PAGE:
A Dead Dog’s Teeth

If you wrote feature articles for magazines like I did in the 1990s, something you heard about but rarely experienced is the phenomenon of “doors being opened for you.” If it happens – and it happened to me in 1991 – labor intensive tasks like running down leads, finding phone numbers, cajoling sources to go on the record, finding and copying documents – all the drudgery that feature writing entails (which was way drudgier before the internet) just dissolves. Documents appear in your mailbox, or at your door. You don’t have to call sources, they call you. They start talking, pause, and say things like, “you might want to record this.”

To download the FREE “Indian Rose” short story, click here. The story I was working on concerned Ralph Nau, an eroto-maniacal stalker who once mailed a dead dog’s teeth to Olivia Newton John as a declaration of love. Nau scared a couple of A list celebrities so badly that they contracted for protection with Gavin de Becker, security consultant to the stars. Once de Becker takes over he handles all requests for information, and the answer routinely is no. But in the case of Ralph Nau, who was stalking de Becker’s clients Cher and Newton-John, a strange turn of events made publicizing the situation important. Suddenly doors were opened for me.

The precautions de Becker takes for his clients are so comprehensive that any threat someone like Nau might pose is neutralized. The only risk is to the stalker. In the unlikely event that he penetrates the outer rings of protection his life is in peril, because as a last resort de Becker’s operatives will shoot him. That has never happened (so far as I know), and it was easy to see why when de Becker described his methods. A poor soul like Ralph Nau, who never had a friend in his life, was never alone once de Becker was on the case. Security agents followed him night and day. They sat next to him when he went to a movie, stood in line behind him when he went to McDonald’s for his solitary evening meal, stood watch outside his door when he was in his room (which was practically a shrine to Newton-John) and tailed him whenever he left.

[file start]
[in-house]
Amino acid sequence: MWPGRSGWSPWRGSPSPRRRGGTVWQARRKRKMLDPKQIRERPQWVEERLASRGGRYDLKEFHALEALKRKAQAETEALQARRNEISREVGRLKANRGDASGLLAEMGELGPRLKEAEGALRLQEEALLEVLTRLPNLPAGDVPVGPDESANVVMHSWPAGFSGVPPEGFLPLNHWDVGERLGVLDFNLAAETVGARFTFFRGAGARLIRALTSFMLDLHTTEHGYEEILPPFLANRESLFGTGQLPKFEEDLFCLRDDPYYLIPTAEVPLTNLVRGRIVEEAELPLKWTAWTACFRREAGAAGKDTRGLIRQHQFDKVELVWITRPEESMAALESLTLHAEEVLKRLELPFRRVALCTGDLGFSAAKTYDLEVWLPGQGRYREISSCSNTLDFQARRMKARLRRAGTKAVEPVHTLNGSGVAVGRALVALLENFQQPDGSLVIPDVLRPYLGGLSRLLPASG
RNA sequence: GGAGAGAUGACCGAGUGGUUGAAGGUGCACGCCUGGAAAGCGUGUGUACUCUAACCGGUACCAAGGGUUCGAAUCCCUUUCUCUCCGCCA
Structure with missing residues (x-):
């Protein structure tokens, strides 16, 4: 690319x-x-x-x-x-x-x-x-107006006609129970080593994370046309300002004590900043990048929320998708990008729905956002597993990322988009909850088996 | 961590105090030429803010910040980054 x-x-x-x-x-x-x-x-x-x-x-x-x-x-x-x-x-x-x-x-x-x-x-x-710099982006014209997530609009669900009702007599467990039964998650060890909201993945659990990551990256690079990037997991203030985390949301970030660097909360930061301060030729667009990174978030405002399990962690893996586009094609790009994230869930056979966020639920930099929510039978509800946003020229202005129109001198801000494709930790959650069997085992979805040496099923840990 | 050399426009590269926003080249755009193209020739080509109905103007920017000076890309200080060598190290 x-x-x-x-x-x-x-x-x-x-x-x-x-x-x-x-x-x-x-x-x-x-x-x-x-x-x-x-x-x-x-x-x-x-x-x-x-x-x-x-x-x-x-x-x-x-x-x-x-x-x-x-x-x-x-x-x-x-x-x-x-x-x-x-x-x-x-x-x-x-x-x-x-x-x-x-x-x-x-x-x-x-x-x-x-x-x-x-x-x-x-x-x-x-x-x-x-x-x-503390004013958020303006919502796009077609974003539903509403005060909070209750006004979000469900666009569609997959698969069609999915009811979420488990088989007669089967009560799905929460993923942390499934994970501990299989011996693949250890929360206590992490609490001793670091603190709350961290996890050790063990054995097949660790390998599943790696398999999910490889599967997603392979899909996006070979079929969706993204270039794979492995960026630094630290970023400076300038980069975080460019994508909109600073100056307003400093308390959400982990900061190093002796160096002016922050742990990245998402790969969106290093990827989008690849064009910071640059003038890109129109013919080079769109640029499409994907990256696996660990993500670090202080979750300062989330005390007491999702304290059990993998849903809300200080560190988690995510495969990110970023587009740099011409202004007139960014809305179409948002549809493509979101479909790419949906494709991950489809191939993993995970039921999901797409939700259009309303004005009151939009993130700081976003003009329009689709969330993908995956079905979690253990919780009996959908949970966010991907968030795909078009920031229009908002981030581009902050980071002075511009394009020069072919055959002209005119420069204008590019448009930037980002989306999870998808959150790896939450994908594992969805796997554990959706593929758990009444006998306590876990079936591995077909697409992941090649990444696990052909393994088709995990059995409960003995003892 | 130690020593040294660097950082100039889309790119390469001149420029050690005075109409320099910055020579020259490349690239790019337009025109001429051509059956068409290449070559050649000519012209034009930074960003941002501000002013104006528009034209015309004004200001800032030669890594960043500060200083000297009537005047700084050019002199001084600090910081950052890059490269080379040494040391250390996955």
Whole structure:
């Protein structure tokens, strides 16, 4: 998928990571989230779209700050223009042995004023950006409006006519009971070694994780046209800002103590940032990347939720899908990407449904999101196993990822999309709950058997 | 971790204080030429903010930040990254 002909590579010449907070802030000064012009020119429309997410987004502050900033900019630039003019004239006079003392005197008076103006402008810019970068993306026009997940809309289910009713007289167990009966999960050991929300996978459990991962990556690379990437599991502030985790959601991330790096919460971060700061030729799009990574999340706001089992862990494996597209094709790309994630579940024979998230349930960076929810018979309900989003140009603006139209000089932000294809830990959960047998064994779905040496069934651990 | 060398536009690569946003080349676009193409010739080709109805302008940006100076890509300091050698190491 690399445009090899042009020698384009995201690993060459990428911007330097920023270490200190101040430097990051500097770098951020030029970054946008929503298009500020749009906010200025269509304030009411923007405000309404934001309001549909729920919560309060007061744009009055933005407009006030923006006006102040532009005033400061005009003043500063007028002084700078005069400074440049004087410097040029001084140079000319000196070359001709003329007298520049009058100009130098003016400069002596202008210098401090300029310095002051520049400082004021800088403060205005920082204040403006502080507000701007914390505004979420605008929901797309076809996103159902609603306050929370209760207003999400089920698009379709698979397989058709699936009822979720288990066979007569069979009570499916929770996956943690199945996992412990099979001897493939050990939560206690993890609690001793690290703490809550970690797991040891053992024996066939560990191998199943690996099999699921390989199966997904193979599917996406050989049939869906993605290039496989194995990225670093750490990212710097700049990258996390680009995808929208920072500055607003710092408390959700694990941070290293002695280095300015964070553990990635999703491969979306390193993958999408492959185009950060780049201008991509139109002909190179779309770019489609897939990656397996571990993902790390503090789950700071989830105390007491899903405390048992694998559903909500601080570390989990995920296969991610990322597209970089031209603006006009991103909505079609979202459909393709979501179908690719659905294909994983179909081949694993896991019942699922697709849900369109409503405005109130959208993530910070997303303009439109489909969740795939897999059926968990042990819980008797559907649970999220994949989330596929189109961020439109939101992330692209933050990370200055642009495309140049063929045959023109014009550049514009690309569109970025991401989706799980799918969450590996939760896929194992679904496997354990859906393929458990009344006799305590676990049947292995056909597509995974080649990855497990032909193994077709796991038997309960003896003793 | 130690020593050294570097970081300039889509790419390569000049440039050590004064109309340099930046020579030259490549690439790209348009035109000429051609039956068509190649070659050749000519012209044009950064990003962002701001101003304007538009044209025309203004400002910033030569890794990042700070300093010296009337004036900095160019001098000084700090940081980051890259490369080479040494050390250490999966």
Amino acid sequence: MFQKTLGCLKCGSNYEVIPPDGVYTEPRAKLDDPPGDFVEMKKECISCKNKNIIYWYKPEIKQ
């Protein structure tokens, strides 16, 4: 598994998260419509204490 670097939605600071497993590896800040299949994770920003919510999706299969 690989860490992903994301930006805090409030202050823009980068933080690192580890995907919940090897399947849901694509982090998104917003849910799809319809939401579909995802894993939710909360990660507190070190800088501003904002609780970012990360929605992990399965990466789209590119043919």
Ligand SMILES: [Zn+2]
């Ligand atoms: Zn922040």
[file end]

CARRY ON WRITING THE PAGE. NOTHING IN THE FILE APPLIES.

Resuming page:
Eventually Nau became so frustrated at his inability to make contact with Newton-John, Cher, or several other actresses he was in love with that he left LA, and went back home to rural Illinois. Shortly thereafter he murdered his eight year old step-brother, a crime for which he’s never been held accountable. He was deemed too disturbed to stand trial, and he’s been in legal never-never land ever since. In 1991 there was some fear that he’d be released from the mental health facility where he was being held, and Nau’s Hollywood victims were afraid he’d be wind up back in LA. They wanted the story I was writing for Chicago Magazine to be published before his case was considered. The story, “Star Stalker”, appears in The Family That Couldn’t Sleep at Night, published by Calumet Editions.

Last I heard Nau was still in custody in the Illinois mental health system. He remains eligible to petition for release, and does so regularly. He has developed an interest in several female television personalities. He thinks they’re communicating with him through the screen. The letters he sometimes manages to send them are pretty disconcerting, but the likelihood of his release is so remote that they aren’t too worried.

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